I too have found in Aikido training the lack of realistic "street" fighting for self-defence and have come across guest instuctors (no disrespect towards Sensei's intended) who bring their own assistants that offer no resistance and assist the instructor in their techniques without resisting or attacking in an unpredictable manner, and I found myself wondering about real-life situations.
I have a background of some hard style martial arts (just dabbled and by no means am I an expert or proficient) and I've been in real fight situations as a younger man and it seems to me that it all comes down to WHY one is training in Aikido.
If one is training to be an aggressor than he's there for the wrong reasons. This is more than opinion as O' Sensei said himself not to casually teach Aikido techniques to anyone in case it is used by thugs.
I understand that you're talking about strikes or the lack thereof in Aikido and I agree...but if I could go back in time and learn JUST Aikido, no other martial arts, then I think I would apply the fluidity and adaptiveness of Aikido as O'Sensei intended and my mind would not be occupied by thoughts of "what if" and "should I". I would react with pure Aikido and keep myself AND my opponent unharmed.
As it is I am a beginner and my cup still has some emptying to be done. If I were confronted at this stage I would no doubt strike out first because I know my capabilities: on the other hand, the reason I started Aikido was to be the civil, empathetic person that I truly am, devoid of ego and strive to be the the loving person that O'Sensei envisioned people of peace loving character to be. I have no desire to knock teeth out...it's reprehensible to me. Once again am I fighting for pride or protection? If there's a child involved than I guess anything goes.
Now I know you're a MMA guy so you're coming from a livelihood angle in a way and I respect that.
As you said; O' Sensei was in real, potentially deadly fights and it honed his skills immeasureably and the development of Aikido benefitted.
Perhaps O'Sensei did the real fighting for all the younger people in generations to come who need not know real violent aggression in their life. Some younger Kohei and Sempai I have come into contact with probably couldn't fight their way out of a paper bag...but the development of character and in time technique will make these youngsters into men that an aggressor will be sorry to confront, regardless of strikes or no.
The rejection of ego and the love of peace are paramount to Aikido proficiency as it pertains to O'Sensei's vision.
Once again WHY does one train in Aikido?
Hopefully for the DO to KI and AI.

Thanks Eugene, that was an excellent post.

I can understand where you are coming from.

To be honest, Steven Seagal was the reason I joined Aikido way back some 16-17 years ago. I'm sure many of us can say the same with Aikido enjoying a huge surge in popularity while he was in fashion. Who wasn't attracted by the fluidity, dynamisn and basically the effortlessness of Aikido against a physically stronger opponent? I'm not a 'MMA fighter' as you put it, as I actually started with Aikido and only have been training in MMA for a year.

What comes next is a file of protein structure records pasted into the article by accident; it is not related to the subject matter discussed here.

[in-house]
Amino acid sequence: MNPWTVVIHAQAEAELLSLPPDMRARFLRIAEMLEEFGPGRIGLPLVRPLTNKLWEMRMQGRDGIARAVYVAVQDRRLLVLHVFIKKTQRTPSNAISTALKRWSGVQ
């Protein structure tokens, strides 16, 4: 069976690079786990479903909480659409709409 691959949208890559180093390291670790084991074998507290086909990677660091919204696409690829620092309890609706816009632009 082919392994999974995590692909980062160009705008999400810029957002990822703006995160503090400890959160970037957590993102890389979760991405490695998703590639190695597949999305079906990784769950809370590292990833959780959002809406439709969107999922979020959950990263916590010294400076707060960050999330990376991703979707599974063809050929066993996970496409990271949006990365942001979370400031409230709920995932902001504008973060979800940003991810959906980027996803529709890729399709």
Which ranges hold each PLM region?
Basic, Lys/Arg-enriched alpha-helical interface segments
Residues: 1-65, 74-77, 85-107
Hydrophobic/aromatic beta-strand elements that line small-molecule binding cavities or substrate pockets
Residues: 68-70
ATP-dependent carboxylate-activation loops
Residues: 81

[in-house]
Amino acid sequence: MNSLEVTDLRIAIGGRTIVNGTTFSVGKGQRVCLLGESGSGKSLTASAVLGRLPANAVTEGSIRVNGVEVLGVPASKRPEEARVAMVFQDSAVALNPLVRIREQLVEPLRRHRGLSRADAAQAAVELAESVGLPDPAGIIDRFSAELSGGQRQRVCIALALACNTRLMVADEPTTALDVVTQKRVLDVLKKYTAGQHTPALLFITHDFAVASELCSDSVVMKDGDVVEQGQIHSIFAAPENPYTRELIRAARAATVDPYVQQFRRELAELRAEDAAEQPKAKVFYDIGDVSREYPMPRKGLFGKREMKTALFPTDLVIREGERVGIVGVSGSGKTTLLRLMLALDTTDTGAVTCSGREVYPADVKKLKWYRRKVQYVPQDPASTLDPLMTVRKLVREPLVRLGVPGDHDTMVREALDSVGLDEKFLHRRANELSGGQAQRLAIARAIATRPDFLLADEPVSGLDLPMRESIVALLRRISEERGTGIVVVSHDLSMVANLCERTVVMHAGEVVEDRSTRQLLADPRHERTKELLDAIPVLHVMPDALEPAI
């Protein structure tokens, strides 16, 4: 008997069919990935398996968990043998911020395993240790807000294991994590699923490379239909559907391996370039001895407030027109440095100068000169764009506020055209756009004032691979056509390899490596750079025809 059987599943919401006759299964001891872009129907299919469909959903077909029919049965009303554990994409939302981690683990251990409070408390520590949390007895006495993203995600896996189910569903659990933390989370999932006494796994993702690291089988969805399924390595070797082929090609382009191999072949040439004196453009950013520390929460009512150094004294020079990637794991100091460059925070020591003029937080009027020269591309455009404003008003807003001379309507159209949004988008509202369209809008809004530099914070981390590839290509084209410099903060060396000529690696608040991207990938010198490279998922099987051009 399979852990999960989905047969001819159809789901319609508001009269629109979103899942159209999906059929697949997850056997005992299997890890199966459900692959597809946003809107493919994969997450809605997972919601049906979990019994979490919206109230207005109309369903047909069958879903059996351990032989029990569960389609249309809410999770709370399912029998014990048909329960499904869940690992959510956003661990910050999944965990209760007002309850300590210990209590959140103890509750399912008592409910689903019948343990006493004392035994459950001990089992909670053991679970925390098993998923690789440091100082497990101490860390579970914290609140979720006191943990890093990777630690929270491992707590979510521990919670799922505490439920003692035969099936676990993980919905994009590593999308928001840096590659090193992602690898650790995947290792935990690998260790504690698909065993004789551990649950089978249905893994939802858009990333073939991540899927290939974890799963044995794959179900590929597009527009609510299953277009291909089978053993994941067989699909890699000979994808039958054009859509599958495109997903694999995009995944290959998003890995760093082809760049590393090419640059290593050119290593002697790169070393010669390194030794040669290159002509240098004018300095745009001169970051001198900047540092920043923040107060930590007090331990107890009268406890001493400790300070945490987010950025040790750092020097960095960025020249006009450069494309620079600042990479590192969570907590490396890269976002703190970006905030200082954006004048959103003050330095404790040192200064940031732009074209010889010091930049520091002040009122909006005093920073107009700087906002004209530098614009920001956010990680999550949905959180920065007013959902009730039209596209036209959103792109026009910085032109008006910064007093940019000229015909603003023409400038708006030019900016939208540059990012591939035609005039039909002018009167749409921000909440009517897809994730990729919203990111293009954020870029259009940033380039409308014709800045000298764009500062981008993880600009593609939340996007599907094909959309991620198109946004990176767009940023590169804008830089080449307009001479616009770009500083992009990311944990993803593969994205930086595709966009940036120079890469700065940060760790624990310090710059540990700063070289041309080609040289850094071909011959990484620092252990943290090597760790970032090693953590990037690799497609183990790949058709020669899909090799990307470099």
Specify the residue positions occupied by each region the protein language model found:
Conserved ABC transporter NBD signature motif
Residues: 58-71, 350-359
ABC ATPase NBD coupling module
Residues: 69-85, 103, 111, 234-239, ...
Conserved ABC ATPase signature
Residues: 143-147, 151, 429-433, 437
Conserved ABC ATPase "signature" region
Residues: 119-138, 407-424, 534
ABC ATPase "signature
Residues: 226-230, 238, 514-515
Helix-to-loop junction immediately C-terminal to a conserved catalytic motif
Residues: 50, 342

I was also the more passive type, didn't really like to start trouble and all these combined made Aikido seem to be an ideal form of self defense to take up.

There are those that do Aikido purely for its philosophy, the way it changes your world view or just for some good ol fun. In fact, I still practice Aikido because I still enjoy doing so despite knowing its limitations.

However a significant percentage of Aikido practitioners also do it because they believe it's applicable as a self defense and is often marketed as such.

The thing is O'Sensei probably came up with a viable art that could be used in self defense. For him and many others, Aikido works in real life situations as well. Perhaps someone who studied Aikido a little could counter it but generally, if you didn't know what he was doing, Aikido works. In fact, Aikido once protected me when I was attacked at knife point on the street where I disabled the attacker (somewhat ungracefully I might add) but in this scenario I had the element of surprise + a static knife target. It was still an unnecessary risk but that's another story.

Nowadays, the way Aikido is being taught does not prepare one for such real life scenarios. I was lucky that the target was static in my real life application but most of the times, your target will be a moving, raging, unpredictable opponent.

Aikido requires you to remain calm in a confrontation, something that cannot be developed unless you've been in a real fight yourself where you truly fear for your life. Sparring is a close approximation which still is for the most part safe. Randoori is on a step lower where you are generally limited to a certain preset kind and rhythm of attack and to me is insufficient to develop that sort of calmness.

O'Sensei, Gozo Shioda (in fact I heard Gozo Shioda actively looked for fights in his youth to test his skills) had acquired the necessary calmness and understanding of fight mechanics to make Aikido work. If u were just in an average dojo, these things would not be picked up.

Okie one instance where I tried using Aikido where I allowed my friend to attack me anyway he wanted. I quickly realized that ma-ai was not something that can be grasped from randoori or class. After getting hit several times in the face, I then truly had an 'ah ha' moment where I understood what it meant by ma-ai and the whole purpose of having your hands out. Occupying the space, and distancing yourself properly made it difficult for him to attack me unless he made a truly committal attack. I eventually got taken down through a mad bull rush takedown which I was ill prepared for :P but throughout the session both parties weren't' getting any headway, I wasn't pulling off any techniques (my friend knew Aikido too so he knew exactly what i was doing) but he wasn't landing any punches in either.